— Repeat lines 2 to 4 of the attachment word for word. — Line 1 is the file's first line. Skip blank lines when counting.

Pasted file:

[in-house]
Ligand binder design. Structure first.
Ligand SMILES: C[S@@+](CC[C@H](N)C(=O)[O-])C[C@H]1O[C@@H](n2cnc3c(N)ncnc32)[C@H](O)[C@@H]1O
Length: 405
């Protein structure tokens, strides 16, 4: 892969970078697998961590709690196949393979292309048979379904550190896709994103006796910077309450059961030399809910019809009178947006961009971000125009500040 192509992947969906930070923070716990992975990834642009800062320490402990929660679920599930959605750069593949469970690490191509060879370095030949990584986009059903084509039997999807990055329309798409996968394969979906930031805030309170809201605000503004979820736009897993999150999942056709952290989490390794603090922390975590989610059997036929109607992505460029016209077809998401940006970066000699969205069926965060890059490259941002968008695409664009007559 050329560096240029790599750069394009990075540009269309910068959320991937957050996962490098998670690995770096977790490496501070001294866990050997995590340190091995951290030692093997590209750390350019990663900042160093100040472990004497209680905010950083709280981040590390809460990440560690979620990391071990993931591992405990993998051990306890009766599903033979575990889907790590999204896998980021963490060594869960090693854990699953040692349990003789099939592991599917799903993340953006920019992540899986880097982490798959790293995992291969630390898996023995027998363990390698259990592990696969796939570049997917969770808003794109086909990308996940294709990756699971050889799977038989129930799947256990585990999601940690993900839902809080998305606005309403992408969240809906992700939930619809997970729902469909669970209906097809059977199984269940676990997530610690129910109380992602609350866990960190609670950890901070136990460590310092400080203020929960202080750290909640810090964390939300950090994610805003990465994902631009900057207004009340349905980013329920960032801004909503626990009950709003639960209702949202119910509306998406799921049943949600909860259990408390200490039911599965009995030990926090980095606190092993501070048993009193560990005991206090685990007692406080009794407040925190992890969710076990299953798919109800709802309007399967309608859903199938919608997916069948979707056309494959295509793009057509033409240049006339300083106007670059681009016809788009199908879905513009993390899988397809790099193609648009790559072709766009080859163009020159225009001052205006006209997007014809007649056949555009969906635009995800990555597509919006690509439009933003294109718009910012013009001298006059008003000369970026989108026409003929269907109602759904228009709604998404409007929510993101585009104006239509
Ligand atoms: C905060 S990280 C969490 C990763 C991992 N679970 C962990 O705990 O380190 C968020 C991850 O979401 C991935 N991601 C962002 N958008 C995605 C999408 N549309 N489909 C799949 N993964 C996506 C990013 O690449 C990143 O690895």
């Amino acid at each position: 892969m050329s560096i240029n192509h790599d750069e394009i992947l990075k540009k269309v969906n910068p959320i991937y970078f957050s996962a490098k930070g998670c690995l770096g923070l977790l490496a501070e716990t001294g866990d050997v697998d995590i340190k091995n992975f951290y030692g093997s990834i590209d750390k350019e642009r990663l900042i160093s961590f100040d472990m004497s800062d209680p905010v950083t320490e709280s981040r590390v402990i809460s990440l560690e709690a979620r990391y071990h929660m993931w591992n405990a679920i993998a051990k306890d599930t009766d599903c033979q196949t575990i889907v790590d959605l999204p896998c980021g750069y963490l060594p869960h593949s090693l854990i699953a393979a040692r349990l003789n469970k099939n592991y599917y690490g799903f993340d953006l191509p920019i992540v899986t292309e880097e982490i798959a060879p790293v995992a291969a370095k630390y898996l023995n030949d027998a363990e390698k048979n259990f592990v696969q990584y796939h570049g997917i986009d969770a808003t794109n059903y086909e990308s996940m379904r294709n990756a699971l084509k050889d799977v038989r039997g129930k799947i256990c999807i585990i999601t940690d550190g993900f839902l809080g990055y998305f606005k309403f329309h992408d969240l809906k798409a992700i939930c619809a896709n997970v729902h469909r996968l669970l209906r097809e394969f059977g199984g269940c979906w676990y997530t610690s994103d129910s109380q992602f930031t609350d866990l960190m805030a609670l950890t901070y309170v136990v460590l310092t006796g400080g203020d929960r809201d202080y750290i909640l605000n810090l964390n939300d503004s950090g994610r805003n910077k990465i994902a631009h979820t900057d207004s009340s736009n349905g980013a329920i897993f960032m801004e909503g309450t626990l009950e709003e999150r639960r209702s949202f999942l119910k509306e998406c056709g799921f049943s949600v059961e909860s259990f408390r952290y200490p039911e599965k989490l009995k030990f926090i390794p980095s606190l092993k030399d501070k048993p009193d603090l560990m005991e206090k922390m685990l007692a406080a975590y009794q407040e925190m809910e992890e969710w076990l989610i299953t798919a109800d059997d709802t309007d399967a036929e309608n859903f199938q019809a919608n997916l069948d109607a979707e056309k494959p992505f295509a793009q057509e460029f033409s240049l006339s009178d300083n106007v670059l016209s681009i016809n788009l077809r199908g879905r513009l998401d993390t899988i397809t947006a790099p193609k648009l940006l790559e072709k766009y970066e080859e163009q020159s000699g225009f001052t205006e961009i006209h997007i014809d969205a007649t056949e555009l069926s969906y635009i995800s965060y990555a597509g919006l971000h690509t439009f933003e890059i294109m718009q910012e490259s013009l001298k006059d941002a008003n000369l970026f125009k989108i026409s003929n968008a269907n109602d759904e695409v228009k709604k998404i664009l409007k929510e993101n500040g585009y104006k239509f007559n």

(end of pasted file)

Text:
Ligand binder design. Structure first.
Ligand SMILES: C[S@@+](CC[C@H](N)C(=O)[O-])C[C@H]1O[C@@H](n2cnc3c(N)ncnc32)[C@H](O)[C@@H]1O
Length: 405